Palmyra Atol, photo courtesy J. Smith
“I want to study coral reefs, but, I hear that they probably won’t be around for much longer, so I am not so sure that is such a good career choice.” Prospective student, Steve Palumbi’s office, a few months back.
Dr. Steve Palumbi is not easily ruffled. A veteran field scientist, he has taken on Japan’s powerful whaling industry (conducting clandestine tests of commercially sold whale meat by cloning the DNA in hotel bathrooms to accommodate CITES restrictions)— and successfully exposing the rampant illegal hunting that exists. He has used molecular techniques to determine historic abundances of whales, challenging pro-whaling countries’ argument that some species have receovered enough to lift the global moratorium. But, all this experience didn’t prepared him for that prospective student’s decidedly depressing proclamation about an inevitable demise of coral reefs.
The surprise comes because we coral reef scientists know that while the news about climate change is dire, and the future of coral reefs is disturbingly precarious, it is not yet written. I say this not out of some unrealistic clinging hope. My certainty is grounded in the evidence of coral’s nature capacity to adapt and the potential that still exists within the policy realm (though the latter requires a slightly more desperate form of hope than the former).
But this perspective is clearly lacking in the next generation of would-be coral reef ecologists and likely lacking in the public at large. It’s the unfortunate consequence of warnings gone awry: instead of motivating people to act to stop the worst, dire predictions result in a passive acquiescence that defeat is inevitable.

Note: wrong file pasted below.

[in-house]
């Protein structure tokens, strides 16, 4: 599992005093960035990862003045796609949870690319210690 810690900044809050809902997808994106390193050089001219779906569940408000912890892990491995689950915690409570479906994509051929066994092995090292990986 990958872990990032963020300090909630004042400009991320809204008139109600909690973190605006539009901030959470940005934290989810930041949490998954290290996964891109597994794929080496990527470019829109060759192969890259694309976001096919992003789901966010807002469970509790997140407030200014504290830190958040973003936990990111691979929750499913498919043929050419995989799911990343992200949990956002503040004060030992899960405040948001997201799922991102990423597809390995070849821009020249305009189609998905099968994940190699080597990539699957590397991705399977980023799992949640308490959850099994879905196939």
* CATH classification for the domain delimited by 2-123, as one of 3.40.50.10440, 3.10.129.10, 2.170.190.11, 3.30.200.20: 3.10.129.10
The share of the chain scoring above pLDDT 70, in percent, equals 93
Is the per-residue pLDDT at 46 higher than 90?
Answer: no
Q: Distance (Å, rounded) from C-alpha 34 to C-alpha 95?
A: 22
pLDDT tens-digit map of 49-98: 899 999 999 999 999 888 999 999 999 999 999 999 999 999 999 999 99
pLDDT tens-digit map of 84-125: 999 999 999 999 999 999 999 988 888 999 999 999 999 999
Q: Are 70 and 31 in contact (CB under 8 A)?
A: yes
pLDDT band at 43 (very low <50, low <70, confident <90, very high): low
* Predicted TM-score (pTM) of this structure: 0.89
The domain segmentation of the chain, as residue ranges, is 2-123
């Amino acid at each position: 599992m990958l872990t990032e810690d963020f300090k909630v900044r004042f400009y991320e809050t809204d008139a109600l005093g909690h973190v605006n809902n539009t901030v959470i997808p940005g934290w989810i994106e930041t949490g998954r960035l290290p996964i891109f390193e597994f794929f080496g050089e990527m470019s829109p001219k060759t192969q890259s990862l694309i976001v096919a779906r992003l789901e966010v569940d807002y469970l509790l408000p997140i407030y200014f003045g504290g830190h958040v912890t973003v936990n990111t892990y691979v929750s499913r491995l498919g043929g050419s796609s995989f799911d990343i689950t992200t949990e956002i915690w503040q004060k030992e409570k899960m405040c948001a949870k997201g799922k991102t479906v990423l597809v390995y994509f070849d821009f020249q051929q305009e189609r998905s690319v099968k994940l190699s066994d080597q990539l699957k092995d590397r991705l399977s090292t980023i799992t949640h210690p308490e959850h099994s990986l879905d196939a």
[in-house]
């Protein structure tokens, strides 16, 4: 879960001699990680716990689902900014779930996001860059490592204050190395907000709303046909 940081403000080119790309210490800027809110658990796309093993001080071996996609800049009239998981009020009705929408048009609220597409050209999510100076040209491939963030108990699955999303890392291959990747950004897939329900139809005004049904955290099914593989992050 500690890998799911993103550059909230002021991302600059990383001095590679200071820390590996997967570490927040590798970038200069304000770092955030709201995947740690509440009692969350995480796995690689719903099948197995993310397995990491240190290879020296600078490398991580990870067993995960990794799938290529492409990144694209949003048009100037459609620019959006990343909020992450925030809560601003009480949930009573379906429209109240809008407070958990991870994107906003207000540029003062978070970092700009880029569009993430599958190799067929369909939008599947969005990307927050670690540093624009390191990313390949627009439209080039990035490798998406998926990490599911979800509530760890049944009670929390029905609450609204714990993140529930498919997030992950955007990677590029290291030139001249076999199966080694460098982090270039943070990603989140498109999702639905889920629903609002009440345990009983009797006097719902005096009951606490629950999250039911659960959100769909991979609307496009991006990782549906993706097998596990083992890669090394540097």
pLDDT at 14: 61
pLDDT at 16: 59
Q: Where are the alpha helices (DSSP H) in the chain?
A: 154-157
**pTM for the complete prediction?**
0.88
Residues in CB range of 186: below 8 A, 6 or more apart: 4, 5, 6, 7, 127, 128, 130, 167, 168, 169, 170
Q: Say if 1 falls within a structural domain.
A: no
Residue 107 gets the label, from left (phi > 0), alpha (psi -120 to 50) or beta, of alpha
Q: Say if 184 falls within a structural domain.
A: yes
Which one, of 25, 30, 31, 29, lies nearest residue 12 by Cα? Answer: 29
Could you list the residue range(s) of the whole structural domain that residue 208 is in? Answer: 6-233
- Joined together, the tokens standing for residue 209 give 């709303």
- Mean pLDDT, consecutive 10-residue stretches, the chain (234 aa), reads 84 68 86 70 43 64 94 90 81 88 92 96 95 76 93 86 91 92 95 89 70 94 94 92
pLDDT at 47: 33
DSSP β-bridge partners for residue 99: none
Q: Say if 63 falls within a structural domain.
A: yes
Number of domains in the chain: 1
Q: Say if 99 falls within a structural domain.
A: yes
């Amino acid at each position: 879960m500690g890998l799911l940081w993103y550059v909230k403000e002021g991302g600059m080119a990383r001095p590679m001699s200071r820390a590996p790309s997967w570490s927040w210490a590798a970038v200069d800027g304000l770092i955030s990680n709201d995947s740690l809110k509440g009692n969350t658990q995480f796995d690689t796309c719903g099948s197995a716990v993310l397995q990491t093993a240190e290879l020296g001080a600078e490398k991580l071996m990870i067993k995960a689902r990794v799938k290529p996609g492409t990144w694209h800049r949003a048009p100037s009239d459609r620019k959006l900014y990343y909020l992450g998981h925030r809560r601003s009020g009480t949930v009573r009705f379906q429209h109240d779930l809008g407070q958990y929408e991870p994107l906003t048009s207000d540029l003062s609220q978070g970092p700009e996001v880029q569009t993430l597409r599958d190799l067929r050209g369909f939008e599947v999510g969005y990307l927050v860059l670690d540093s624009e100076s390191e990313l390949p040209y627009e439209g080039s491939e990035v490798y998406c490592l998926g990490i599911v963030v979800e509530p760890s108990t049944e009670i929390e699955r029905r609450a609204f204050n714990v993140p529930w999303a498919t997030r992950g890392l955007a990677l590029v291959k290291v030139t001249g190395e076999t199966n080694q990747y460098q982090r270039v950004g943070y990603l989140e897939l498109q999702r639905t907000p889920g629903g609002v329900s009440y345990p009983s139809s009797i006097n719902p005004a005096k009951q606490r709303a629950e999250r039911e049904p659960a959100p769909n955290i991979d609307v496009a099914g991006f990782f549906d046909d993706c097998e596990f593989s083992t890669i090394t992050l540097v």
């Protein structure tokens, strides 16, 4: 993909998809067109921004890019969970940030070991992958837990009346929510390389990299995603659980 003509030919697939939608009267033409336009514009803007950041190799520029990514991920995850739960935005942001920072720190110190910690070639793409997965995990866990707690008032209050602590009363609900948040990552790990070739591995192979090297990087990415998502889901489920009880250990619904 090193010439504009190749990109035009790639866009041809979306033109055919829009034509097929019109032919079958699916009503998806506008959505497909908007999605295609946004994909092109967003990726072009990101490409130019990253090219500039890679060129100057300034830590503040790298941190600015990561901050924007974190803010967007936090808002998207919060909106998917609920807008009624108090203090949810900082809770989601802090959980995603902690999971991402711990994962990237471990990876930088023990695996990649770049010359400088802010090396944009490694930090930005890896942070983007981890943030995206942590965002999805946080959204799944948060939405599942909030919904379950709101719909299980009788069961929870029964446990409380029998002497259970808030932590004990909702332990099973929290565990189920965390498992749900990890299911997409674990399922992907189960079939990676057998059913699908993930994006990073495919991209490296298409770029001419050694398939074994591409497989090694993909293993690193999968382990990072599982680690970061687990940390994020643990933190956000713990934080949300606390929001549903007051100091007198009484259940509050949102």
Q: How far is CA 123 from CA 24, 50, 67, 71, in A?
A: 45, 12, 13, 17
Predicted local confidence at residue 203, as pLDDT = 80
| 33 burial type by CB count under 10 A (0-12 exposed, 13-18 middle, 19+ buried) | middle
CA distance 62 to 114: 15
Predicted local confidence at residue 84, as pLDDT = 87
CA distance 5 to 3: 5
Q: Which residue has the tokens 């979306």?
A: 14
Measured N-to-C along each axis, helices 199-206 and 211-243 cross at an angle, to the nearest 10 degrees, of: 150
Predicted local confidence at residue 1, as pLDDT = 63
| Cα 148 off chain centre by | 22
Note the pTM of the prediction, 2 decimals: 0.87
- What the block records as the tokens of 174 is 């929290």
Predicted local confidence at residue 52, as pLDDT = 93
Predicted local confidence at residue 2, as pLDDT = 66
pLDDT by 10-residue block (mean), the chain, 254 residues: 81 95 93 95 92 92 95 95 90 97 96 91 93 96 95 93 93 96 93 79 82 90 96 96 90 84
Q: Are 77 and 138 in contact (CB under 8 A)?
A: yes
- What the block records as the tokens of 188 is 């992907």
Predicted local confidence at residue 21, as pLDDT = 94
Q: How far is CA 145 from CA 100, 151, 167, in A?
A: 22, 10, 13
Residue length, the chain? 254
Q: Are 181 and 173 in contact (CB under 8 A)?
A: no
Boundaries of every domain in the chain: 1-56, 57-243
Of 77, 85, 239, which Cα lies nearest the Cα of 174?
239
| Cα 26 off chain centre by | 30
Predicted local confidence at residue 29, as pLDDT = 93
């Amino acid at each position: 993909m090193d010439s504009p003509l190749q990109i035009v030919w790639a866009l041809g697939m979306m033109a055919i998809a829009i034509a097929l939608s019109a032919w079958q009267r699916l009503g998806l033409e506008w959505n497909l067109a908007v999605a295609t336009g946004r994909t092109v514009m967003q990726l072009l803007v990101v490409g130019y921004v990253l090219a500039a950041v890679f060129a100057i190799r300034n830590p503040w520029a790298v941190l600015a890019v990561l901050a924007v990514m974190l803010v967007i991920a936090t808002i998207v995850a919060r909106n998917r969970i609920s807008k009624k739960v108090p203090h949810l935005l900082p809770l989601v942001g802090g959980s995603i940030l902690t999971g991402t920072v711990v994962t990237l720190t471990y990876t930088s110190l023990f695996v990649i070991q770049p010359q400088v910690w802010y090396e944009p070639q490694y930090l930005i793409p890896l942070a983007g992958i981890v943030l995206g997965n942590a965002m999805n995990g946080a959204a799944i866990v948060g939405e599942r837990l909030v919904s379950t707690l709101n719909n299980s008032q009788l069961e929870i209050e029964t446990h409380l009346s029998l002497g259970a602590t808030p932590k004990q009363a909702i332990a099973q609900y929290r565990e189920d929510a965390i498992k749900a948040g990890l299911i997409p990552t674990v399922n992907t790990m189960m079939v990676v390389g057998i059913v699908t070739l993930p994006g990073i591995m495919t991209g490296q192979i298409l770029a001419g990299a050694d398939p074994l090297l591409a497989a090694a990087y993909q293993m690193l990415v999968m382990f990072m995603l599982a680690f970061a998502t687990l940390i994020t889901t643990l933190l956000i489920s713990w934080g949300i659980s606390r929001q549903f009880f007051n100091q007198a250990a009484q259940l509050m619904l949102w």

But coral reefs not destined to disappear, and certainly not by a force beyond our control.
Take the reefs of Ofu, in American Samoa. Dr. Palumbi described how periodic exposure throughout the year to pulses of warmer water seems to have conditioned resident corals to have greater resistance to bleaching than nearby corals occupying a different and cooler lagoon pool. So some corals may be able to adapt to warming waters caused by climate change, at least to changes predicted for the next few years to decades.
And the same may be true for ocean acidification. In the session, “Will Coral Reefs Disappear? Separating Fact from Conjecture,” water chemistry data across the reefs of Bermuda showed there were significant seasonal effects. So while continued unabated acidification of seawater will undoubtedly lead to dissolving coral reefs, the frequent and regular exposure to more acidified waters in the summertime may allow for corals in Bermuda to adapt to global ocean acidification more readily than we might have first thought
This is the silver lining along the edge of the darkening storm cloud: reefs on the margins may serve as refuges of hope, and not just canaries in the coal mine. In other words, living on the edge (in terms of geographic distribution, depth, water quality or other environmental parameter), may confer resilience or resistance to corals that will help them hold out against climate change for longer than we anticipated.
But not forever. It’s an intelligent optimism we hold, bound by the realities that the situation is indeed, grave. But, not predetermined. We must act now to protect potential refuges as best as we can from other stressors as we continue to work to stop climate change.
So to the future grad students or the despondent masses out there: those who know the most continue to push for action, to argue that coral reefs have not yet given up the ghost (though they may indeed be changed). I spent all day in those lectures halls and can assure you there were no fat ladies singing. Until the experts say the gig is up, I say we stay the course and keep working for solutions.
Big marine reserves are one kind of solution and gaining momentum through the Pew Environment Group’s Global Ocean Legacy program. Getting passed a National Ocean Policy that uses ecosystem based management is another. Sign the petition to help.
This post was modified from the original I posted at Science Blogs.
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